Funny you should mention those, as I've thought of them before, too. Do you happen to know of any that fit over the controls of a GL1800?
 

EricV

Premier Member
IBR Finisher
#12
Funny you should mention those, as I've thought of them before, too. Do you happen to know of any that fit over the controls of a GL1800?
Not off the top of my head. It's been ~9 years since I rode a GL1800. Here are some marketed to the GL1800 LINK
 

EricV

Premier Member
IBR Finisher
#14
Sorry, didn't notice that. Try pinging this seller to see if they can get you the Goldwing versions - LINK2

There are some Italian sellers on ebay us too, but shipping is higher.

Hippo Hands might know if one of their versions fits. https://www.hippohands.com/ I've read mixed reviews on their products, so do some searching on your own too for reviews. The real originals were a Vetter product and the current company bought that name, IIRC.
 

Capone

Active Member
#16
Awesome input everyone. I’m looking forward to the warm and safe brand and with handle bar muffs for extreme cold. Its a pleasure taking advice from IBA members.
 

keithu

Premier Member
#17
Regarding Aerostich, I recommend a 2-piece Roadcrafter Classic or Darien for winter riding. The two piece is more waterproof, easier to custom size, and just generally easier to live with on a daily basis. It even goes on and off faster than the 1-piece in my experience.

The Roadcrafter Classic is lined which makes it a little less comfortable above 80F than the unlined 1-piece R3. But for winter riding it's comfy. Having owned both a 1-piece and 2-piece Roadcrafter, IMO there is no benefit to the 1-piece unless you want the unlined R3.
 

KEN PHENIX

Premier Member
IBA Member
#18
Thank you Shawn K.
2019 was a bit of a chinese firedrill in the heated gear industry. Many brands such as, Hotwired, Firstgear & Tourmaster changed suppliers. Their new Venture Heat offerings with built-in button controls are not compatable with previous iterations. Firstgear had always been made by Warm & Safe and the new line was a bit of a disappointment. The Gerbing label is now on its 3rd owner having been sold off by Gyde Supply. Warm & Safe may be the only heated gear maker still under original ownership and I'm proud to represent them. I'm always happy to answer any heated hear questions. I'm old school, call me on the phone any evening after 5:30 mountain time. 409-363-1417
 
#19
don't hold to much with the idea of heated gear, with my luck it'll fail when i really need it. if you put lots of layers on its ok modern materials mean this is not to bulky and being stationary in traffic gets to hot so sweating is an issue but a good base layer wicks this away so not that much of an issue. a decent fairing makes a hell of a difference wind chill is an big issue but hands and feet tend to be exposed try slowing down 5 mph it works. i have now heated grips yes they work but not that much and i find extra gloves bulky so try to avoid an internal liner and handle bar muffs just cant ride in them. i have a pair of glove liners but rarely resort to them. Still use the old trick of a spare pair of gloves and keep the somewhere warm quick swap and away again. on the old 70s bikes these were simply wedged under the carbs in tin foil really warm there, most modern bikes that isn't an option.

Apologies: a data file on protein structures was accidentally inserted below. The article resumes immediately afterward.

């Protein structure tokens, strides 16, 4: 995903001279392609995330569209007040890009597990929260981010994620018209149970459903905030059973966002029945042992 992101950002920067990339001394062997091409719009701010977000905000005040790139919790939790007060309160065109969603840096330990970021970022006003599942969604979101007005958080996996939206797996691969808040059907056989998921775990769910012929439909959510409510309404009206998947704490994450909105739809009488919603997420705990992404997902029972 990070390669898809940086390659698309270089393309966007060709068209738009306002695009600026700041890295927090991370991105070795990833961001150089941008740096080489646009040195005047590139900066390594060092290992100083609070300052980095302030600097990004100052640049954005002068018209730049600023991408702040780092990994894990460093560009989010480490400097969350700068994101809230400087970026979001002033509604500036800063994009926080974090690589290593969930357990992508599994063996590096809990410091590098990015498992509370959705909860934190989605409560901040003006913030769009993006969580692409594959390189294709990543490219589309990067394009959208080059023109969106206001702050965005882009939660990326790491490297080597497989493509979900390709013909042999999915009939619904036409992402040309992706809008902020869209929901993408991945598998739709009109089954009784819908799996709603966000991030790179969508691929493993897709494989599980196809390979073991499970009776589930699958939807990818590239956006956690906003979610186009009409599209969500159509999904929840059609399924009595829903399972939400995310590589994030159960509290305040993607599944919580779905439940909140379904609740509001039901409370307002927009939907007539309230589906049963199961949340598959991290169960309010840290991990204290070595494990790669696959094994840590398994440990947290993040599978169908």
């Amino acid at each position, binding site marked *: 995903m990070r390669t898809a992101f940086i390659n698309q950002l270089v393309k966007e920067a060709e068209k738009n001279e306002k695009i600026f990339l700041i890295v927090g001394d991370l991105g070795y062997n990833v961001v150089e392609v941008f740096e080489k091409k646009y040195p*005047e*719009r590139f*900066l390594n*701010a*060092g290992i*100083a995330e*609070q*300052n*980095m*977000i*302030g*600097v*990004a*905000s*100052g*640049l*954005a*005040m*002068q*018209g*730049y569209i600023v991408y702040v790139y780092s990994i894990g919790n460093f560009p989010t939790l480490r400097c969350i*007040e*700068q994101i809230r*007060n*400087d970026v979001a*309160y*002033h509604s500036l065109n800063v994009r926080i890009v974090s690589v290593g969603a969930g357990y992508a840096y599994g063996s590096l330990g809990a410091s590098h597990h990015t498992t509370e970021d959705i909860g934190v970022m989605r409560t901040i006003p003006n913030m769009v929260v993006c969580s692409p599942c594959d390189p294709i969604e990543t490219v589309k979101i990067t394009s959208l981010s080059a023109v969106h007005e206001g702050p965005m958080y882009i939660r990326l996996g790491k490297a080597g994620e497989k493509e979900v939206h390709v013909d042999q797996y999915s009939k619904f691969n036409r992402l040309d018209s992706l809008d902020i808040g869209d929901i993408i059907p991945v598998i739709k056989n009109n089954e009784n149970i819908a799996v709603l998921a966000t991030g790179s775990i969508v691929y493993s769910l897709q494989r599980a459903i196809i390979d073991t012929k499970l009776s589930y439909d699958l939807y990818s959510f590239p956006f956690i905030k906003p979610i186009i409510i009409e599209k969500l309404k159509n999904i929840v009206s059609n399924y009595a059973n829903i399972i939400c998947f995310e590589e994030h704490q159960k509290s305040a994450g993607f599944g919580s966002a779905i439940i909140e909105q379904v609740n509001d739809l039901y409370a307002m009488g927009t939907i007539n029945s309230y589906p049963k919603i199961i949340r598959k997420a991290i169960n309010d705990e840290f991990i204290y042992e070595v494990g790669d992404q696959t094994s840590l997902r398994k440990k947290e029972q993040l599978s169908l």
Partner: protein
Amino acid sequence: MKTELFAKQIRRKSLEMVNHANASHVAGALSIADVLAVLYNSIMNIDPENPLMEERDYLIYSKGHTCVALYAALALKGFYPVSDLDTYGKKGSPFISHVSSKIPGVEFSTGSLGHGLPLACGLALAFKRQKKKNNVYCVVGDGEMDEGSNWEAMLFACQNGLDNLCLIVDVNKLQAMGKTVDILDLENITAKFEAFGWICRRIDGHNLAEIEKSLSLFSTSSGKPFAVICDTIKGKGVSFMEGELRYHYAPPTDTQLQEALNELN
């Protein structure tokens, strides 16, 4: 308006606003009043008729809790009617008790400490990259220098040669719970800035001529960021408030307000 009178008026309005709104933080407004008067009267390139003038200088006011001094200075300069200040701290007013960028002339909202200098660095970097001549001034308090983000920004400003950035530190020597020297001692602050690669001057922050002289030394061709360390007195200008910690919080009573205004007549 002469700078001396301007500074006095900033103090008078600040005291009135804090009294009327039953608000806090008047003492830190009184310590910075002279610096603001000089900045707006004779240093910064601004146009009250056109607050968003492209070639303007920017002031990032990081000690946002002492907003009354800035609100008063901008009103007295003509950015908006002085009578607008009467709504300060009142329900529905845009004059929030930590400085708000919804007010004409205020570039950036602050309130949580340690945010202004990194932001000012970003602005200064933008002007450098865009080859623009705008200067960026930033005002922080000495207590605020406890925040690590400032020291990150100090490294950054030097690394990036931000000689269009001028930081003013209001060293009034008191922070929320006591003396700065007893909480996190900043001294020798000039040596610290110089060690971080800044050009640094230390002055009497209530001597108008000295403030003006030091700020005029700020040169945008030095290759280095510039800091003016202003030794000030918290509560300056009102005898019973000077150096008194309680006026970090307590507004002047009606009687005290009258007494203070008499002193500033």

i tend to get my stuff from hiking shops and look for the material there made from rather than a brand merino wool is really good and i rate outlast linings bought an under jacket last year highly compressible so takes up no room my initial thought was to get a down one but was advised against it as it clumps when wet and stops working shouldn't get wet but you never know. outer layer is good quality bike gear with waterproof outer not an internal liner a damp outer wicks heat away. Again i will avoid saying any particular brand as they change hands regularly and standards go up and down but there are one or two that seem to stay with one owner and quality is reliable.
 

EricV

Premier Member
IBR Finisher
#20
@stig of the dump - About 20 years ago heated gear became reliable. You should give it a try mate. ;) But buy a good Warm & Safe Heat-Troller to control what ever you buy, and don't buy anything not compatible with that. That will weed out the chaff quickly. I have a Gerbing jacket liner from 2004 that has seen a LOT of use over the years and never failed. I did have an older controller die during a Winter ride, but that fault has long been fixed and won't ever occur with the current designs.

Nothing wrong with layering, and it's great for someone that doesn't have a 12V power source between their legs.